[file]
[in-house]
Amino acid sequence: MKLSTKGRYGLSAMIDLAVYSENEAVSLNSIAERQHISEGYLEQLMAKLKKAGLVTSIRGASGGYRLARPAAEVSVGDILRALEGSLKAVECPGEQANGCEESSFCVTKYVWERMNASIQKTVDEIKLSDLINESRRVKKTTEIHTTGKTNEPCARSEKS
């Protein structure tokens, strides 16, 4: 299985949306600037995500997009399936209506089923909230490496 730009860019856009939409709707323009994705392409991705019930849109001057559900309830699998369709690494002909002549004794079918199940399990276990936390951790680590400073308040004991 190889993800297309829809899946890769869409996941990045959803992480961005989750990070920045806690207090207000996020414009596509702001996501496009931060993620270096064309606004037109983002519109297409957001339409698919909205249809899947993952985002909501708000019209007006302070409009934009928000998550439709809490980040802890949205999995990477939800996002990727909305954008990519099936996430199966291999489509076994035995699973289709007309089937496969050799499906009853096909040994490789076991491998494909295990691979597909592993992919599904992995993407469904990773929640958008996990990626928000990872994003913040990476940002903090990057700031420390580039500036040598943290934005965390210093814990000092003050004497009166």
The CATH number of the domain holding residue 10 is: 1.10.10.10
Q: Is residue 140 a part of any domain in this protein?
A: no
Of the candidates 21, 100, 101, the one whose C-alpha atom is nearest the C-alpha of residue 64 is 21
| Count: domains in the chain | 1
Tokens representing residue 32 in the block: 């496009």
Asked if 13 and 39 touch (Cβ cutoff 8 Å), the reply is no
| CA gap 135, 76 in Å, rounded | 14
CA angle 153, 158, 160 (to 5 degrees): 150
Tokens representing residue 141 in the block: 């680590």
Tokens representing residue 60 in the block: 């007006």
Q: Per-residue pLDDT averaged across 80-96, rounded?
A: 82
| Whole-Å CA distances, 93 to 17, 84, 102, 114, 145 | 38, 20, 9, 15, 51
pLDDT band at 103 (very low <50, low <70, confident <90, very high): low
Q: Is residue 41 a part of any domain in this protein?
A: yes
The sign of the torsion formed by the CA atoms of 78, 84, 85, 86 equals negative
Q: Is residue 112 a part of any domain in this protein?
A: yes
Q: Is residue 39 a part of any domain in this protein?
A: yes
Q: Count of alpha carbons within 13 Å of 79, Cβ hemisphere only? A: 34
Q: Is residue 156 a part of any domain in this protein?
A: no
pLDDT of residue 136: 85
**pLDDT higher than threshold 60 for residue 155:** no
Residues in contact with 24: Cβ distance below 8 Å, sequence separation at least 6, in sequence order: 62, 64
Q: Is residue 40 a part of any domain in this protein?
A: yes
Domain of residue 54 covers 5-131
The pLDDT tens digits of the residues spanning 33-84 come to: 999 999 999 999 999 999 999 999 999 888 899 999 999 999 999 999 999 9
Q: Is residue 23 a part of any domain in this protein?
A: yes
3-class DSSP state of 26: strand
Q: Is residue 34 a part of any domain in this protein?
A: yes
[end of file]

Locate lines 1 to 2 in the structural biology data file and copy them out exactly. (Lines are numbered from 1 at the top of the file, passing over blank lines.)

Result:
[in-house]
Amino acid sequence: MKLSTKGRYGLSAMIDLAVYSENEAVSLNSIAERQHISEGYLEQLMAKLKKAGLVTSIRGASGGYRLARPAAEVSVGDILRALEGSLKAVECPGEQANGCEESSFCVTKYVWERMNASIQKTVDEIKLSDLINESRRVKKTTEIHTTGKTNEPCARSEKS